Common Pregnancy Problems & Body Changes


Changes to the body during pregnancy are due to surges in hormones. These natural chemicals can bring positve changes like thicker, shinier hair and fuller breasts, but others may not be so enjoyable; however you can rest assured that most of the changes will go away once your baby is born.


Many pregnant women have problems with constipation. Indications of constipation include having painful bowel movements; fewer than three bowel movements per week; and tough, dry stools. Higher amounts of hormones due to pregnancy can slow digestion down and relax muscles in the bowels, which could leave many women constipated. Also, constipation can be contributed to by the pressure of the expanding uterus on the bowels.

How to treat

  • Drink 10-15 glasses of water daily.
  • Do not drink caffeine.
  • Eat fibre-rich foods, including dried or fresh fruit, raw vegetables, and whole grain cereals and breads.
  • Take a short walk or partake in moderate physical activities.



Hormones and the pressure of the uterus that is growing cause indigestion and heartburn. Pregnancy hormones slow down the muscles of the digestive tract, so food has a tendency to move slowly causing digestion to become sluggish. Hormones also relax the valve that separates the oesophagus in the stomach and the stomach. This permits food and acids to return up from the stomach to the oesophagus. The food and acid causes the burning feeling of heartburn. The uterus pushes on the belly making heartburn more common in later pregnancy, as your baby gets bigger.

The way to treat

  • Eat several small meals instead of three big meals a day.
  • Don't eat fried and greasy foods.
  • Avoid citrus fruits or juices and foods that are spicy.
  • Don't eat or drink within a couple of hours of bedtime.
  • Do not lie down right after meals.
  • Sitting yourself up can help to reduce symptoms.


Many pregnant women complain of dizziness and lightheadedness throughout their pregnancies. Fainting is rare, but it does occur in some healthy pregnant women. There are an entire host of reasons for these symptoms. The increase of more blood vessels in early pregnancy, the pressure of the increased demand for food of the body, and the demand of the enlarging uterus on blood vessels can all make a pregnant women feel lightheaded and dizzy.

How to treat

  • Avoid standing for long periods of time.
  • Don't skip meals.
  • Lie on your left side.
  • Wear clothing that is loose.
  • Keep yourself cool in hot weather.
  • If you begin to feel faint, lie with feet and your head flat elevated.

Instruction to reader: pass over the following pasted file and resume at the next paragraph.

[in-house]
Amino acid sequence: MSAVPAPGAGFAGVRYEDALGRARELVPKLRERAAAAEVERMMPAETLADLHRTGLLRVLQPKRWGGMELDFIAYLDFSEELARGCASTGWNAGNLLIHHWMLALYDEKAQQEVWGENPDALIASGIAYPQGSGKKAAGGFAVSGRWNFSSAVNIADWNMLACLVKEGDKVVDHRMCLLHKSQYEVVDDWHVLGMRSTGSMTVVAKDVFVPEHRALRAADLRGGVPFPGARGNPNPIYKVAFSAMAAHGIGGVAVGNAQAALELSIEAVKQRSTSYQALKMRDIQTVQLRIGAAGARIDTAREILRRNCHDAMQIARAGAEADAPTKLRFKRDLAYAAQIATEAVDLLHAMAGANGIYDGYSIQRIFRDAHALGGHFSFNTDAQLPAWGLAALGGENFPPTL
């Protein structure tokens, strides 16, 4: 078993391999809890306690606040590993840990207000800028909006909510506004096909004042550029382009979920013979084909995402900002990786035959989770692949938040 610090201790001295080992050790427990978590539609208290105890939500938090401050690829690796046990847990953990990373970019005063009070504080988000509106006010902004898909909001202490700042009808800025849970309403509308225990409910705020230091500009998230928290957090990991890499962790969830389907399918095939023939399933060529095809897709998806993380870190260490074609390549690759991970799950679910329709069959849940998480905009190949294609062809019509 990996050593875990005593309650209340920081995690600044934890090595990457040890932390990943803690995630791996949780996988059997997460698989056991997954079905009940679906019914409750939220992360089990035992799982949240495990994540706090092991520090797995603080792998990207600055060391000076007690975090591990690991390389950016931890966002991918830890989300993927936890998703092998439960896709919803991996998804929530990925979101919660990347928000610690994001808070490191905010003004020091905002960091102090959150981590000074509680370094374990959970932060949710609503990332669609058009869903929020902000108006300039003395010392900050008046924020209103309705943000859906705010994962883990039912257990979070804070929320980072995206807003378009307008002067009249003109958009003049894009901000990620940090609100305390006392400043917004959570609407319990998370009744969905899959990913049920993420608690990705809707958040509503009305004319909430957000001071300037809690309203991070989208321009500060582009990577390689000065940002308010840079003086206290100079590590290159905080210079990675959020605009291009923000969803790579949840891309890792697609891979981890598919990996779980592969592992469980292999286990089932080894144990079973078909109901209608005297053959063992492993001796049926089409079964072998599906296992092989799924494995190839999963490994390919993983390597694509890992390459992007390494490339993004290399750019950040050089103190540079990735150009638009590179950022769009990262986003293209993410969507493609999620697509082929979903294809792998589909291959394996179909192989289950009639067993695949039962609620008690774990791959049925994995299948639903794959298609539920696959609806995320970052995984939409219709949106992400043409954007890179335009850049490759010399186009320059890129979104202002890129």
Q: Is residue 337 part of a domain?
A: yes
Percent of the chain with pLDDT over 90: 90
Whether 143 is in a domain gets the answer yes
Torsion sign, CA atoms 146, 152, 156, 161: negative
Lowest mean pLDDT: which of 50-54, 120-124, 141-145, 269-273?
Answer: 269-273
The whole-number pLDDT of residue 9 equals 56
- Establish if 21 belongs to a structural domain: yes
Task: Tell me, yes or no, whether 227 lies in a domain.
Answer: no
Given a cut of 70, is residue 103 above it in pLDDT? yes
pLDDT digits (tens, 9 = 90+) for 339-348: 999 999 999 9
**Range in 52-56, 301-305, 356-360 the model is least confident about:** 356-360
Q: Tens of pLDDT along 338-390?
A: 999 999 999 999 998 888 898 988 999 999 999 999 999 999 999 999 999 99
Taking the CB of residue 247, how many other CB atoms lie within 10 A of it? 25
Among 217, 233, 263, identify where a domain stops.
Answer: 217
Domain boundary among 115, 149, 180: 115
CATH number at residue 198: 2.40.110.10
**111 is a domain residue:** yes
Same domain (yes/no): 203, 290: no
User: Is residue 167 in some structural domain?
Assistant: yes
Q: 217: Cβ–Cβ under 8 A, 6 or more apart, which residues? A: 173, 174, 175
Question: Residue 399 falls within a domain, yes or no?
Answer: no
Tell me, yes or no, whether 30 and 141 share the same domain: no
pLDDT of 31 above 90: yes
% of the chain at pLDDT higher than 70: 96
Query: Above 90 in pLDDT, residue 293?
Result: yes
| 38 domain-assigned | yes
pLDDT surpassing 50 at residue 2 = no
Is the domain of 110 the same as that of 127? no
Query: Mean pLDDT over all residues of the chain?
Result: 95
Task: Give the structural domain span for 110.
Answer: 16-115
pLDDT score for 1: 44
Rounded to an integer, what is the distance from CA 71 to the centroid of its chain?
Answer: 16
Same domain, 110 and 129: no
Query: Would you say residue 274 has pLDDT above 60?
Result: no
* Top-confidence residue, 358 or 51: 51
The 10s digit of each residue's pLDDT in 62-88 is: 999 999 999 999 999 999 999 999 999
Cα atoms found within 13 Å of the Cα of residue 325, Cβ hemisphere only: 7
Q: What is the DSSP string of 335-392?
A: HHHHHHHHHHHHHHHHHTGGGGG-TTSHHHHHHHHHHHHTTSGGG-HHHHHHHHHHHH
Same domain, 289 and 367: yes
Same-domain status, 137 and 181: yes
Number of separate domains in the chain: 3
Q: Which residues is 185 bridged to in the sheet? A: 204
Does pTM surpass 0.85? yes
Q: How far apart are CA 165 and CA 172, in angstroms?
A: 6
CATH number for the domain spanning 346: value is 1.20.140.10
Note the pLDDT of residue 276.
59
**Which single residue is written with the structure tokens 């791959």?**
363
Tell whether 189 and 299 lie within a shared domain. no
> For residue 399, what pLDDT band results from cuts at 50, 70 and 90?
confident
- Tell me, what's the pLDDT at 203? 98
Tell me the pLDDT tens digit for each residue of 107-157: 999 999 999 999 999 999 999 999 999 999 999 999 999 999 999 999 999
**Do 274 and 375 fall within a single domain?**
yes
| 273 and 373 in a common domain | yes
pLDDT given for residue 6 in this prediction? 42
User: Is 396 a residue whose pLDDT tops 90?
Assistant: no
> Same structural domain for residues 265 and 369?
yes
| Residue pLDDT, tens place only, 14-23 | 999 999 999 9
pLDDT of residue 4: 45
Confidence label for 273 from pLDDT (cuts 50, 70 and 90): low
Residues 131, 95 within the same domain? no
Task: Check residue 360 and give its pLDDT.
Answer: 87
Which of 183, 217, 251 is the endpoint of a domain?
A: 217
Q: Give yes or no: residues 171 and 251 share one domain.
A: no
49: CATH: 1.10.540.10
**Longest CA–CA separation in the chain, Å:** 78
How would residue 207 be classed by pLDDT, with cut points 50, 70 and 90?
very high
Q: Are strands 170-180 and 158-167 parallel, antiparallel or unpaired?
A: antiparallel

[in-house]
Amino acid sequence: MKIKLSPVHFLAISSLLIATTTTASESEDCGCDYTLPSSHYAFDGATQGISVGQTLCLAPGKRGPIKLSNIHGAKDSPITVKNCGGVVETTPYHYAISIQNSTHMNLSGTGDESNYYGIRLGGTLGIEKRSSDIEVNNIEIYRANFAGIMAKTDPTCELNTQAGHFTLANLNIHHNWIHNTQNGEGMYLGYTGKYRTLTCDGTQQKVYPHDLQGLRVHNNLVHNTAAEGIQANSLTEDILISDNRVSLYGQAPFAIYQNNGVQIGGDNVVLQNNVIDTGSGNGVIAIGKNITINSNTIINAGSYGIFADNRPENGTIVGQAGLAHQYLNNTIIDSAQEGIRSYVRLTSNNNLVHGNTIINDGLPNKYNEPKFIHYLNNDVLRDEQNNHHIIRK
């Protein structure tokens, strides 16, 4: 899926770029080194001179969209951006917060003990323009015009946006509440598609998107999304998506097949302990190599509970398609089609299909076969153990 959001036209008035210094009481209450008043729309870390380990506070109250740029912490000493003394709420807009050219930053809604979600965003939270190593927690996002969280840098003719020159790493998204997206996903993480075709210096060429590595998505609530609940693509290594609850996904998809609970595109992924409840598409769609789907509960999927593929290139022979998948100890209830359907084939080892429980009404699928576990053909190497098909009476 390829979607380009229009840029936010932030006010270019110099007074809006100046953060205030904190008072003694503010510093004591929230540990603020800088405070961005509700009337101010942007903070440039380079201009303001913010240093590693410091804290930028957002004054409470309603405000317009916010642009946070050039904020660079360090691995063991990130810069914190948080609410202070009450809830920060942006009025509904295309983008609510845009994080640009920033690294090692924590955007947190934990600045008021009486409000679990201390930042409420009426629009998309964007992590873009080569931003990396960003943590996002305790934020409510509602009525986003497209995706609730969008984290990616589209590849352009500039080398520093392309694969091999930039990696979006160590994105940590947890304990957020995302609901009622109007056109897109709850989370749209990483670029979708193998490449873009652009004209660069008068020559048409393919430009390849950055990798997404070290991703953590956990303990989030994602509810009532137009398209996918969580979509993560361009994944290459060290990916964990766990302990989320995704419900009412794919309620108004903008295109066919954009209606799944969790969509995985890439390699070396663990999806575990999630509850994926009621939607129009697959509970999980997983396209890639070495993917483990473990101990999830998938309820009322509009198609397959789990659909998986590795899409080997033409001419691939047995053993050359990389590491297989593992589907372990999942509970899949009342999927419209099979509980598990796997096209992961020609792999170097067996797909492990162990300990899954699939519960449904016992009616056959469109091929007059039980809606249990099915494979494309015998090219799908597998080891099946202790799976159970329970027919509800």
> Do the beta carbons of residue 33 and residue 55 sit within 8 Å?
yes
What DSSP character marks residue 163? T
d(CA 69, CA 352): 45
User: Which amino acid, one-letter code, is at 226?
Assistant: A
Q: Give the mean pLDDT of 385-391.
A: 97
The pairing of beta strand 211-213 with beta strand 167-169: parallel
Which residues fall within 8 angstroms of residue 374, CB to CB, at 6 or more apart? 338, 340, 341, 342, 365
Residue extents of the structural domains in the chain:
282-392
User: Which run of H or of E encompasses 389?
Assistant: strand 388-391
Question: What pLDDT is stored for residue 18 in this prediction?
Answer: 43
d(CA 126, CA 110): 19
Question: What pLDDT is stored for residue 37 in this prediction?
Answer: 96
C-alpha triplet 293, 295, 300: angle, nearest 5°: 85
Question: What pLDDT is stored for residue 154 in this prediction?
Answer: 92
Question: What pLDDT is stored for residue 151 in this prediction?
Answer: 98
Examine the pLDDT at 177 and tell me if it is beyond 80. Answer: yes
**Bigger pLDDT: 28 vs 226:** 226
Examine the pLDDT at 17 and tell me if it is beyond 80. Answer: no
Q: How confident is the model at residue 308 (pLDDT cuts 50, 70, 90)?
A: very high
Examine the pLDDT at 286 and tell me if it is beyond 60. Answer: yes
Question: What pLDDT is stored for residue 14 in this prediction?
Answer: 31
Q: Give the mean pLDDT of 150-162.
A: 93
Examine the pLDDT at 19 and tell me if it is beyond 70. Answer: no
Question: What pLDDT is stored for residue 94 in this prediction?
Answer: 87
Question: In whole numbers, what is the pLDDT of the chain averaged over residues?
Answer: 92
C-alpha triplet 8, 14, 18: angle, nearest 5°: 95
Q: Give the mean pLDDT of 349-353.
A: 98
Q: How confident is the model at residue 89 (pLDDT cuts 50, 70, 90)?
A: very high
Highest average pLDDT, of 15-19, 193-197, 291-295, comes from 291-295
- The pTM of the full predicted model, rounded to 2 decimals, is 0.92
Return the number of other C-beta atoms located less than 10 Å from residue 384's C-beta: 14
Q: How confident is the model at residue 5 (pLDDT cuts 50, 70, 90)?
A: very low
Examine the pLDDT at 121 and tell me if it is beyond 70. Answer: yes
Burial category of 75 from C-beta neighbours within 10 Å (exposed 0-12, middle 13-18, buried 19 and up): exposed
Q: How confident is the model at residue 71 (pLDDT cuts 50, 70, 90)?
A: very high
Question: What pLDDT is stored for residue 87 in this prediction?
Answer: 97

• Drink lots of water.

If you have vaginal bleeding or abdominal pain and feel light-headed visit your GP or midwife 


In the first trimester, hormone changes can cause nausea and vomiting. This is called' morning sickness,' although it can occur at any time of day. Morning sickness usually subsides by the second trimester.

The way to treat

  • Eat several small meals instead of three large meals
  • Do not lie down after meals.
  • Eat dry toast, plain crackers, or dry cereals before getting out of bed in the morning.
  • Eat bland foods that are low in fat and simple to digest, such as bananas, rice, and cereal.
  • Sip on water, weak tea, or soft drinks that are clear.
  • Avoid scents that upset your stomach.

Visit your GP or midwife if you've got influenza-like symptoms, that might signal a more severe affliction or you have vomiting several times every day.


Feeling tired is normally due to low levels of iron and is common in pregnancy. It's quite important to keep your iron levels up during pregnancy. You're able to do that by either taking a nutritional supplement recommended by your midwife or GP or through an alteration in your diet.

The way to treat

  • Raising your iron levels through diet is recommended for pregnant women suffering from exhaustion. Lean red meat is the finest way to obtain iron in the diet. Other good sources are turkey and chicken – particularly the dark meat and oil-rich fish.
  • Other sources of iron include legumes, peas, dried fruit, green vegetables plus some fortified breakfast cereals. Having some salad vegetables, a glass of fruit juice with your meals or citrus fruits will foster your iron absorption.

Visit our Pregnancy Vitamins and Supplements section


Many women develop mild swelling in the face, hands, or ankles sooner or later in their pregnancies. As the due date approaches, swelling often becomes more noticeable.

  • Drink eight to 10 glasses of fluids daily.
  • Don't drink caffeine or eat foods that are salty.
  • Rest and elevate your feet.
  • Use compression stockings


Stretch marks are small, stripe like lines in the skin that appear most frequently on the abdomen in the later periods of pregnancy when the belly is quickly expanding to accommodate a growing baby. Some pregnant women get them. Stretch marks are caused by changes in the elastic tissue that lies just beneath your skin. They start out brown, reddish, pink, purple or dark brown, depending on your skin colour. They fade after, although they never entirely vanish.

How to treat

  • It really is critical to moisturise. Skin becomes more plasticised, and better able to elongate when it’s well hydrated.

Product Recommendations:

For a full range of Stretch Mark Creams visit our Stretch Marks category to find a product to suit your budget. 


Useful Links:

Mama Mio - Pregnancy Skincare Range

Zita West - Pregnancy Vitamins and Supplements

Vitabiotics - Pregnacare Pregnancy Vitamins and Supplements


Back to Pregnancy Category

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